Posts Tagged ‘hospital week’

Carnival time – 1920s

June 6, 2016

People dressed up in all sorts of ways for the annual carnival which raised money for health care and was a main part of the Hospital Week effort. Here we have what appears to be a very relaxed gamekeeper or poacher, with his pony and trap.

Carnival time in the 1920s

Carnival time in the 1920s

Please put us right if this style of conveyance is not a trap.

We reckon the man, leaning on the horse, is too relaxed to be a game keeper. He’s a poacher and he seems to have secured a couple of rabbits tied to the trap. That loose fitting coat could hide a lot of ill-gotten gains.

The venue is Easterton Street. The precise date and the names of the people are not known.

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Hospital Week Plans

June 3, 2016

The new season has been underway for a month and so far has gone well. Visitor numbers are good and comments on enjoyment and satisfaction are good too. So far so good and that means our curator is well under way with plans for this year’s Museum Miscellany event which will take place on Saturday 8th October in the Market Lavington Community Hall at 7.30pm.

One topic to be included in the eclectic mix we have got used to is ‘Hospital Week’. Now if that sounds a bit of a drab topic rest assured it is not. For Hospital Week was also carnival week. The profits made from people having fun and enjoying themselves was ploughed into health care.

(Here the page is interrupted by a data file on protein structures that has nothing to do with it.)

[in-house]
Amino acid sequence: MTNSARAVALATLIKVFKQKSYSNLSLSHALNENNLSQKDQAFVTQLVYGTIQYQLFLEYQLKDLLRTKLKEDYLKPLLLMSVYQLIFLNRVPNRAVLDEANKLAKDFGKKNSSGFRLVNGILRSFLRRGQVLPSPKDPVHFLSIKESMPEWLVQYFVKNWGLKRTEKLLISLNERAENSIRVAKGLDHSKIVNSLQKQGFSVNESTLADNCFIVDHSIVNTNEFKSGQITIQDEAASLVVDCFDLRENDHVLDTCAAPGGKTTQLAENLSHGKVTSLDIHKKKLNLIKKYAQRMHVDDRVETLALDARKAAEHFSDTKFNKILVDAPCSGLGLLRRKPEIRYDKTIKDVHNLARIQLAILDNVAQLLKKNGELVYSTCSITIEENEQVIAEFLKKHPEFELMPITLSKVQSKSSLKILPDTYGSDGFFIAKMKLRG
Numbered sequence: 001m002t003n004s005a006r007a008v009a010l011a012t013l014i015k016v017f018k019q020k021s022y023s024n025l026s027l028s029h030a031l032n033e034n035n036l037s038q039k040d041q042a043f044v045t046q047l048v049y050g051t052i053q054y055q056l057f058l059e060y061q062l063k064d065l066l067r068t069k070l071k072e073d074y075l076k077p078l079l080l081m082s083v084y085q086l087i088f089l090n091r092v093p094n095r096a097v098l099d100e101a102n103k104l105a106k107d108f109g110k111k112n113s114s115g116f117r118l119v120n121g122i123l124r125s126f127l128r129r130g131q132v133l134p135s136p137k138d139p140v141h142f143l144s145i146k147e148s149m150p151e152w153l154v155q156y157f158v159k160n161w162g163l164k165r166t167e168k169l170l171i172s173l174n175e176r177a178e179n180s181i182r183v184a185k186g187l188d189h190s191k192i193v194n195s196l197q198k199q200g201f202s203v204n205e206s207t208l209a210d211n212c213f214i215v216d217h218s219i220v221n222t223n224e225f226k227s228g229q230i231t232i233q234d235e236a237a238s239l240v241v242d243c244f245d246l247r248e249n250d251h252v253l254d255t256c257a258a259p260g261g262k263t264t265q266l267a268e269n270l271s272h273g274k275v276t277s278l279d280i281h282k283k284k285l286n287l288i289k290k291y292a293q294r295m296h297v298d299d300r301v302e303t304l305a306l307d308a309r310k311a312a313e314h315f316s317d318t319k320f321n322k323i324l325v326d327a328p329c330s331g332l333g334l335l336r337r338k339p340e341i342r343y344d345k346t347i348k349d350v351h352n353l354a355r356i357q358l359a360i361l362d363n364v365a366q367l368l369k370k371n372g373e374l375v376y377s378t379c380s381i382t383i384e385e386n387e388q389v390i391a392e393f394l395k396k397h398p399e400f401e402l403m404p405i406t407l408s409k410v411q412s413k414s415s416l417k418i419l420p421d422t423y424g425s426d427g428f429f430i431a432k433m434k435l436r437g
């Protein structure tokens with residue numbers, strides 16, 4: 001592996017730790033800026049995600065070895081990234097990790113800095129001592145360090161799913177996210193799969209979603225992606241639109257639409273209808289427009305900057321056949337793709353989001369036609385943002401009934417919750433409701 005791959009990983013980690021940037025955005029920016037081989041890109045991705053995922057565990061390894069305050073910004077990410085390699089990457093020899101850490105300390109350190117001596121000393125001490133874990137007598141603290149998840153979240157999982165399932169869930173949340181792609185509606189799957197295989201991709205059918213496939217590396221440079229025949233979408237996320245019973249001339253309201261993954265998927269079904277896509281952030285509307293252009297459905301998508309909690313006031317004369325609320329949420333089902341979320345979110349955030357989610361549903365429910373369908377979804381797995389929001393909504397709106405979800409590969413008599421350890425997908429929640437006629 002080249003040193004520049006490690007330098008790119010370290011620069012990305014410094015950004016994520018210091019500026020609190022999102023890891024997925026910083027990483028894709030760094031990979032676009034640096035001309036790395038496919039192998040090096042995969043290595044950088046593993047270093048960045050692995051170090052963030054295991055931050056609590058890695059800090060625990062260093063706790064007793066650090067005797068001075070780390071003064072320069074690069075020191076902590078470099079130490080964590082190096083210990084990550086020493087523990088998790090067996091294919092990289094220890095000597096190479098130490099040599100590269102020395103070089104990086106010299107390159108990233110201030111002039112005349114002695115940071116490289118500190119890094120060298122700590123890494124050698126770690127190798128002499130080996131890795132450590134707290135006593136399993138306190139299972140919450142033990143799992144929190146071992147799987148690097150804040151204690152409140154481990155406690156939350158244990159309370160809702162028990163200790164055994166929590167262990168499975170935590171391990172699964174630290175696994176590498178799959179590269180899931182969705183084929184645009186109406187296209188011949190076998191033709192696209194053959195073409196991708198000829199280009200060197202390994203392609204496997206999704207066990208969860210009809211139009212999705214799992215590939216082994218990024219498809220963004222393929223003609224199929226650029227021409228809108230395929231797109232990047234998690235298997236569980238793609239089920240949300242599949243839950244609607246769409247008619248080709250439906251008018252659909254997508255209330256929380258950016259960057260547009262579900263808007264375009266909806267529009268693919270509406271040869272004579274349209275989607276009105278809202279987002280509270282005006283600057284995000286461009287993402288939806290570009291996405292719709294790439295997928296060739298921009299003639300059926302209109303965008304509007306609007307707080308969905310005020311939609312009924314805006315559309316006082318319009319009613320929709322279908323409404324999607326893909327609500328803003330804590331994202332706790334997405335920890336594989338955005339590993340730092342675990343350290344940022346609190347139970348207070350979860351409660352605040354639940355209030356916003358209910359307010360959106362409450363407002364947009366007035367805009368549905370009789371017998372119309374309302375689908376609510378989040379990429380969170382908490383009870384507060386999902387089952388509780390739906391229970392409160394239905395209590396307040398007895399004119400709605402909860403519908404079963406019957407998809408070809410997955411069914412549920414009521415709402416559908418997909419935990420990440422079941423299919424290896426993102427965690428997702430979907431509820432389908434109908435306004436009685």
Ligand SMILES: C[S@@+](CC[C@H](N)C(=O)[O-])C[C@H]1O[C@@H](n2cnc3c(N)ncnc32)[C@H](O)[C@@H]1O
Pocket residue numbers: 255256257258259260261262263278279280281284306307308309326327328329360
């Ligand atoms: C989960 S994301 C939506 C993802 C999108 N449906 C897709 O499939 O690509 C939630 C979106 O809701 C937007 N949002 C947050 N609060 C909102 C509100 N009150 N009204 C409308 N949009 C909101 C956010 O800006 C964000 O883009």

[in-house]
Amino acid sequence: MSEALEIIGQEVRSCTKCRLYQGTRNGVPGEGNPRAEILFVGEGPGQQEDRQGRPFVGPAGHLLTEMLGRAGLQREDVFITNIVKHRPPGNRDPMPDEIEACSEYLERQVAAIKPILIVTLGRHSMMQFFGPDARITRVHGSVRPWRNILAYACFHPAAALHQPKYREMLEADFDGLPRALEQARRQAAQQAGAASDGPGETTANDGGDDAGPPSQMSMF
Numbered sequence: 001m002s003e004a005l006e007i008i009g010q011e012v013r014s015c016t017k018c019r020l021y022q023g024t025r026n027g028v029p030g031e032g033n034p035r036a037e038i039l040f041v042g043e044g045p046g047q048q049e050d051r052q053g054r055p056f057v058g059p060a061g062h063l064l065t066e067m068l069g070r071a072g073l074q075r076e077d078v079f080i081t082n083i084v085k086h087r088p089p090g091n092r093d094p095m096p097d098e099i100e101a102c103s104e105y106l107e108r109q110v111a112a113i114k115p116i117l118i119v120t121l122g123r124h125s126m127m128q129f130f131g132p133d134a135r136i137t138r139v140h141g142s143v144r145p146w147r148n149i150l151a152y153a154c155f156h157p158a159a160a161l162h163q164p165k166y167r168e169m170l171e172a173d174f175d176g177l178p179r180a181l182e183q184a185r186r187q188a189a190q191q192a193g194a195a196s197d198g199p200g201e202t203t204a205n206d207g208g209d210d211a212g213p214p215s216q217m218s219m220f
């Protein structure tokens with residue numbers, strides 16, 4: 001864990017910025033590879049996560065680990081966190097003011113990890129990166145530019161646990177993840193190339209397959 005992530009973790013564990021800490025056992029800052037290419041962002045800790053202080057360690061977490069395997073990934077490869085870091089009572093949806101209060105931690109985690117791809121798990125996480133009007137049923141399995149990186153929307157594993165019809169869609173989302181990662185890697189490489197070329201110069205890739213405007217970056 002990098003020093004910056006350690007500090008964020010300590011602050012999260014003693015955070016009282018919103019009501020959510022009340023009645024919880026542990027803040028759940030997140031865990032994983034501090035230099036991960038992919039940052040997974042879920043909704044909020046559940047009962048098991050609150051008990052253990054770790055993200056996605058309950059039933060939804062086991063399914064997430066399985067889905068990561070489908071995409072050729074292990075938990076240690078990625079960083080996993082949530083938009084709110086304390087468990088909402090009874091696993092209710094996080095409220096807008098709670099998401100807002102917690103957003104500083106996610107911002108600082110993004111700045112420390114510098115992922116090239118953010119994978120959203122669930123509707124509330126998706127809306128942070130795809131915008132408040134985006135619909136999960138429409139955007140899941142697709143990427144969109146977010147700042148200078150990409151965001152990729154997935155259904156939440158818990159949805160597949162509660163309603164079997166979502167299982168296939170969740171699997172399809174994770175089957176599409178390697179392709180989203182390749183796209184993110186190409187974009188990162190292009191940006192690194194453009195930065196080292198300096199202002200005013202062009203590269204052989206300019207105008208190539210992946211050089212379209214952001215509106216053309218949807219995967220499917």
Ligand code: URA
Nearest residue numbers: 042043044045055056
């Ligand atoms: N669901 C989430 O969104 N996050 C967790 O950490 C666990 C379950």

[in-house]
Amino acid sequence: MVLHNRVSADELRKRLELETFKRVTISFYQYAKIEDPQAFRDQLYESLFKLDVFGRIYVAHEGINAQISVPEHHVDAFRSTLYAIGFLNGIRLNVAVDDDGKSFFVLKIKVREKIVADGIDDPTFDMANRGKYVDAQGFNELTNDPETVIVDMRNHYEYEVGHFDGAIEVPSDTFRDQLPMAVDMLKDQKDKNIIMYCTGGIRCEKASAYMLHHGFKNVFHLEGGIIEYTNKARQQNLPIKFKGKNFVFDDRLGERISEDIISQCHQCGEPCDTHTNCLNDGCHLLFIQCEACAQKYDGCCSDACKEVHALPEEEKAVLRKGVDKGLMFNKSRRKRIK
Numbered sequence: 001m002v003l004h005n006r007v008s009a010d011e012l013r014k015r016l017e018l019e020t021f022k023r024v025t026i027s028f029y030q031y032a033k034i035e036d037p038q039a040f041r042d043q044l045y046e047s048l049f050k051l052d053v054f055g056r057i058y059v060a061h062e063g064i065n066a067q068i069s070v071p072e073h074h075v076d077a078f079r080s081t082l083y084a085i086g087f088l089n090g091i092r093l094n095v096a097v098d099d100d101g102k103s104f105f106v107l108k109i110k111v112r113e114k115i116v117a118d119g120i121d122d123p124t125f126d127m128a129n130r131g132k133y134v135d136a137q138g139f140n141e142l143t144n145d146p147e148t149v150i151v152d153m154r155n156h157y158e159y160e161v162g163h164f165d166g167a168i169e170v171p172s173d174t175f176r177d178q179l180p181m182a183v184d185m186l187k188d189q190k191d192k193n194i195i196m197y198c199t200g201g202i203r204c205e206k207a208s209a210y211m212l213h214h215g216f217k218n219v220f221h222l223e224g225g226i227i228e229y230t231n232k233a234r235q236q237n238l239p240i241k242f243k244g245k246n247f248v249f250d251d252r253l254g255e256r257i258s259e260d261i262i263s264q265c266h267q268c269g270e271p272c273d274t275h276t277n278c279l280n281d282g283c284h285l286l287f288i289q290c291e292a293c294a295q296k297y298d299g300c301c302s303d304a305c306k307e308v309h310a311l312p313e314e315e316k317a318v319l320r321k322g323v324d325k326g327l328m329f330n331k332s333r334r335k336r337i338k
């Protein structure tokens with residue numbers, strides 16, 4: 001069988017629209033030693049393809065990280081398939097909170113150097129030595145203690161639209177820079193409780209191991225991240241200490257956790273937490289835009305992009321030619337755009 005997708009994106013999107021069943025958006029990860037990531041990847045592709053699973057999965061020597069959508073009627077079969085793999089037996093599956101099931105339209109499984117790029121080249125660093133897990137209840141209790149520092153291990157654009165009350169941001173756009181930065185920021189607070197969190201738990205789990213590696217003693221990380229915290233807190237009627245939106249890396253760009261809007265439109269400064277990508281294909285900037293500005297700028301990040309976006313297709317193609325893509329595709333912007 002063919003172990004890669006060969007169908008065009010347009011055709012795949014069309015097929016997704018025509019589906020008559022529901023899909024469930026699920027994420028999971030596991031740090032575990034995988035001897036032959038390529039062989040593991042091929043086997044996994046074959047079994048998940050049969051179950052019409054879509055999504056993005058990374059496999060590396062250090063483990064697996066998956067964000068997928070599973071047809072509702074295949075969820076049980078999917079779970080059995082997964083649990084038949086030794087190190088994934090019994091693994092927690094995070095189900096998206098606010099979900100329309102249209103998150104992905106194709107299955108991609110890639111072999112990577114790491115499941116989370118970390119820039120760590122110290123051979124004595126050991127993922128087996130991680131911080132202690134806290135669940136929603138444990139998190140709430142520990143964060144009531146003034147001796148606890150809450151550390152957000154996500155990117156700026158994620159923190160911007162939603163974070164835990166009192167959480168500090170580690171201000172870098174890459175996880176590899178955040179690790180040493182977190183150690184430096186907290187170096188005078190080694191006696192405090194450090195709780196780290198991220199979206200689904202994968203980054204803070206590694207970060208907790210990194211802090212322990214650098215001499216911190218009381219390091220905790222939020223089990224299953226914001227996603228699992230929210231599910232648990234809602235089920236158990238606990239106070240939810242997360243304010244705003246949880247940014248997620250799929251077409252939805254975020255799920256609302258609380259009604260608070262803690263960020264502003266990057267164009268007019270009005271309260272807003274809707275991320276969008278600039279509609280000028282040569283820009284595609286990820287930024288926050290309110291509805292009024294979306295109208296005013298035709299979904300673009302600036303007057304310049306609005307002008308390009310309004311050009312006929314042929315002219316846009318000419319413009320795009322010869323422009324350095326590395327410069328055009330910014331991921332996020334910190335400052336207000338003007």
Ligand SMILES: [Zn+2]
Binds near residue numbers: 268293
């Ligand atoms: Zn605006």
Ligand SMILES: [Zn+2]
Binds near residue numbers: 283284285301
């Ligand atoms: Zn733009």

This extract from the minutes of the committee for the 25th July 1924 tells us just what was planned for the event that year.

Plans for the 1925 Market Lavington and Easterton Hospital Week

Plans for the 1925 Market Lavington and Easterton Hospital Week

Before looking at the content, let’s look at the method. This document has been spirit duplicated. The best known firm involved in the equipment was called Banda. You typed, or hand wrote onto a master sheet which had a piece of waxed paper behind it. When you made an impression on the master some of the wax was transferred to the back of that master sheet. By the time you had finished a wax version of your document was on the back of the master. This was then put on a roller and it was slightly damped with what amounted to meths. A piece of paper was fed into the roller and some of the damp wax transferred to it. You got a copy and that’s what we have here. The whole process, of course, has been killed off by laser printers.

Now to the content. Well, there was something for every day of the week starting with a band concert at The Old House and a sacred concert in the evening at Clyffe Hall. Week days, of course, were working days and so there were evening events – whist drives, film shows and a dance.

The big day was the Saturday which was carnival day. The population would be told just what was on by poster, but one can imagine excitement building as the week wore on and people made sure their carnival entry was ready. This really was the big event of the year and not to be missed.